Disclosure: Nothing to disclose.

Chief Editor

from Memorial Sloan-Kettering - Yukio Sonoda, MD Associate Professor, Weill Cornell Medical College; Associate Attending Surgeon, Gynecology Service, Department of Surgery, Memorial Hospital for Cancer and Allied Diseases; Associate Member, Memorial Sloan-Kettering Cancer Center

from Memorial Sloan-Kettering - Yukio Sonoda, MD is a member of the following medical societies: American College of Obstetricians and Gynecologists, American College of Surgeons, American Medical Association, Society of Gynecologic Oncology, Society of Laparoendoscopic Surgeons, AAGL, American Society of Clinical Oncology, International Gynecologic Cancer Society, Japanese Medical Society of America, Korean American Medical Assocation

Disclosure: Nothing to disclose.

Acknowledgements

Robert P Edwards, MD Professor, Department of Obstetrics, Gynecology, and Reproductive Science, University of Pittsburgh; Vice-Chair, Clinical Affairs, Director, Ovarian Cancer Center of Excellence, Magee-Womens Hospital of University of Pittsburgh

Robert P Edwards, MD is a member of the following medical societies: American Association for Cancer Research, American College of Obstetricians and Gynecologists, American College of Surgeons, American Medical Association, and Society for Gynecologic Investigation

Disclosure: Nothing to disclose.

C William Helm, MB, BCh, MA, FRCS(Edin), FRCS Professor, Division of Gynecologic Oncology, Saint Louis University School of Medicine

C William Helm, MB, BCh, MA, FRCS(Edin), FRCS is a member of the following medical societies: American College of Obstetricians and Gynecologists, European Society of Gynaecologic Oncology, and International Gynecologic Cancer Society

Disclosure: ThermaSolutions, Inc Grant/research funds Research Registry of patients treated with hyperthemic intraperitoneal chemotherapy; Sanofi-Aventis, Inc Grant/research funds Support for and investigator initiated research study of HIPEC for consolidation in ovarian cancer; ThermaSolutions, Inc Honoraria Speaking and teaching; UpToDate Royalty Online Text Book Chapters; Genzyme, Inc Honoraria Speaking and teaching

Warner K Huh, MD Professor, Department of Obstetrics and Gynecology, Division of Gynecologic Oncology, Senior Scientist, Comprehensive Cancer Center, University of Alabama School of Medicine

Warner K Huh, MD is a member of the following medical societies: American College of Obstetricians and Gynecologists, American College of Surgeons, American Society of Clinical Oncology, Massachusetts Medical Society, and Society of Gynecologist Oncologists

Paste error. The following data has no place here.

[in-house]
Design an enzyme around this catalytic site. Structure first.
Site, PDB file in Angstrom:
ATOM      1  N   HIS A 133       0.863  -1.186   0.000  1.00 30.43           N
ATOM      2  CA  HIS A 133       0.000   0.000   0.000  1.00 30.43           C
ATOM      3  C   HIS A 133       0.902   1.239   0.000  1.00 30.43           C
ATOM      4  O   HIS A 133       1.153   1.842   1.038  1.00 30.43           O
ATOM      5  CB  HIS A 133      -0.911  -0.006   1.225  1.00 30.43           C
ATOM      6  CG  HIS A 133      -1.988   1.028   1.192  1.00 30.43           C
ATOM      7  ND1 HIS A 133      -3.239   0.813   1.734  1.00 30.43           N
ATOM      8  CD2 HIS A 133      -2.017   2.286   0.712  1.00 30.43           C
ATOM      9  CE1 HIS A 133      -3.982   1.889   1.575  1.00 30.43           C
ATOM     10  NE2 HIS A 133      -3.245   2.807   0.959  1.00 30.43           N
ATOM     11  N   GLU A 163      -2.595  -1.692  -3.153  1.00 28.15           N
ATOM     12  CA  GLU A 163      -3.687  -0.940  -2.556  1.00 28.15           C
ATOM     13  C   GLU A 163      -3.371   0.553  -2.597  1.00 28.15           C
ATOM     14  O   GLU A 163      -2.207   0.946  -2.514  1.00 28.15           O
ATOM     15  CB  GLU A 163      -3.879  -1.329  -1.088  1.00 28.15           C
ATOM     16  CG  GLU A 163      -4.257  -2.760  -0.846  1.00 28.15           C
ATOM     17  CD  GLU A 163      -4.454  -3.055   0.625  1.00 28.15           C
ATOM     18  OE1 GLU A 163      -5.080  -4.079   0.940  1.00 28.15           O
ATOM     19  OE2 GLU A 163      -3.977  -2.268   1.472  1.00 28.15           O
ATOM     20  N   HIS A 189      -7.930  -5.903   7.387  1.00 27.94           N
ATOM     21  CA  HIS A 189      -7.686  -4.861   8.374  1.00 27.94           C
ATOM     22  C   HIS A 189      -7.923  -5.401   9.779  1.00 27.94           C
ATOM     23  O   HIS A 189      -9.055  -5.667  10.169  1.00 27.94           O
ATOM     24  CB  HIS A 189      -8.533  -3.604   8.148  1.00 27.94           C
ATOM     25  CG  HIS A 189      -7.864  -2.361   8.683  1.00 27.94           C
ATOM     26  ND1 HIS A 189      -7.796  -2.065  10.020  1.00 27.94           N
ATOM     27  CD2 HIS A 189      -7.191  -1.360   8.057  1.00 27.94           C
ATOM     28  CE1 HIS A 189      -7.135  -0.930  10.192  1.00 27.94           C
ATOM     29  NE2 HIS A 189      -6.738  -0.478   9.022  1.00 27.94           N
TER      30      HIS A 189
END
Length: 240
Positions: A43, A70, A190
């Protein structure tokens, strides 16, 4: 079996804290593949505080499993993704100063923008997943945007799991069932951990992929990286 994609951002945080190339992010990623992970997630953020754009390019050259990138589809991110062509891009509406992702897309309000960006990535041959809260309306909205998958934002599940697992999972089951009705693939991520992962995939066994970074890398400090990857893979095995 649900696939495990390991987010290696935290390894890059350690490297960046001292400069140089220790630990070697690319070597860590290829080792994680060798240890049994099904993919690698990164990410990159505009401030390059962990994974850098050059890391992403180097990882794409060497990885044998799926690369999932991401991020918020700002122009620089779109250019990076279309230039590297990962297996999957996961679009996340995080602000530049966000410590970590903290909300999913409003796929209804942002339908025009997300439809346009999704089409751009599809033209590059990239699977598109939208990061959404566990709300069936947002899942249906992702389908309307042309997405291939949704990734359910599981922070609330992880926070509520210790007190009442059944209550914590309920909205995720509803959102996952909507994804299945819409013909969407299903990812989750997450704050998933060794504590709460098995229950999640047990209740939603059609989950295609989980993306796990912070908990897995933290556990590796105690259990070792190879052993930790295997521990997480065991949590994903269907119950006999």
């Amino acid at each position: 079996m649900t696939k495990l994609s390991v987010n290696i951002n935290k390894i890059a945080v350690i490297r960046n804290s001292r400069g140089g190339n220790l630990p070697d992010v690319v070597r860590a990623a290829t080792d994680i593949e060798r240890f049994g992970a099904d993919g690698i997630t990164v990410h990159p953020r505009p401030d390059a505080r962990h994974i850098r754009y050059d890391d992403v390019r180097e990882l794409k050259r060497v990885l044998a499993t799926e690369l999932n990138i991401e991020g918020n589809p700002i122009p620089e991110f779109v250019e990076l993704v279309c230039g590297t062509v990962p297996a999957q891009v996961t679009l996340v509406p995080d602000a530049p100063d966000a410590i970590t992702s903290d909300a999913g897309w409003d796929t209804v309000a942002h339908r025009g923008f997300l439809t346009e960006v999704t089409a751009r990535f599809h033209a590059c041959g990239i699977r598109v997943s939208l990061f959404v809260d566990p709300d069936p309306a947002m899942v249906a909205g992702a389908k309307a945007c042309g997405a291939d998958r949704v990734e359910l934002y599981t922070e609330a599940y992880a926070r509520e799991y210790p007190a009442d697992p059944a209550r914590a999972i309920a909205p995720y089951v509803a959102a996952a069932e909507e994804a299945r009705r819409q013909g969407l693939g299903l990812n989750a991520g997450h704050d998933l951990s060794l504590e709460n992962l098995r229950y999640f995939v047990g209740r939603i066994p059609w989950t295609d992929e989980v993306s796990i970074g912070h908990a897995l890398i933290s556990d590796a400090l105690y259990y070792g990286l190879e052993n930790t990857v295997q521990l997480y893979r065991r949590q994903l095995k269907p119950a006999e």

Disclosure: MERCK Consulting fee Consulting; ROCHE PHARMA/DIAGNOSTICS Consulting fee Consulting; INTUITIVE SURGICAL Proctor Fee Consulting; Qiagen Consulting fee Consulting

Karen Loeb Lifford, MD Director of General Gynecology, Associate Program Director, Department of Obstetrics and Gynecology, Instructor, Brigham and Women's Hospital, Harvard Medical School

Karen Loeb Lifford, MD is a member of the following medical societies: Association of Professors of Gynecology and Obstetrics, Massachusetts Medical Society, and Phi Beta Kappa

Disclosure: Nothing to disclose.

Michel E Rivlin, MD Professor, Department of Obstetrics and Gynecology, University of Mississippi School of Medicine

Michel E Rivlin, MD is a member of the following medical societies: American College of Obstetricians and Gynecologists, American Medical Association, Mississippi State Medical Association, and Royal College of Surgeons of Edinburgh

Disclosure: Nothing to disclose.

Francisco Talavera, PharmD, PhD Adjunct Assistant Professor, University of Nebraska Medical Center College of Pharmacy; Editor-in-Chief, Medscape Drug Reference

Disclosure: Medscape Salary Employment

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An enlarged ovary with a papillary serous carcinoma on the surface.
Metastases from epithelial ovarian carcinoma involving the omentum.
Inside of a large, smooth-surfaced tumor replacing the ovary. Final histologic studies indicated the tumor was a mucinous carcinoma of low malignant potential. Note the multiple cysts with thick septa between. This tumor was extensively sectioned and was a mucinous carcinoma of low malignant potential.
Granulosa cell tumor excised from a woman aged 44 years. Note the yellowish tumor that has eroded through, onto the surface of the ovary.
This photo shows a granulosa cell tumor, with the cut surface showing classic features of a hemorrhagic cyst and yellowish solid component.
Mature cystic teratoma of the ovary exhibiting multiple tissue types.
Mature cystic teratoma of the ovary with hair, sebaceous material, and thyroid tissue.
Dr. Oliver Zivanovic, MD, PhD, discusses the role of hyperthermic intraperitoneal chemotherapy in ovarian cancer. Courtesy of Memorial Sloan-Kettering Cancer Center.
Dr. Oliver Zivanovic, MD, PhD, demonstrates hyperthermic intraperitoneal chemotherapy for ovarian cancer. Courtesy of Memorial Sloan-Kettering Cancer Center.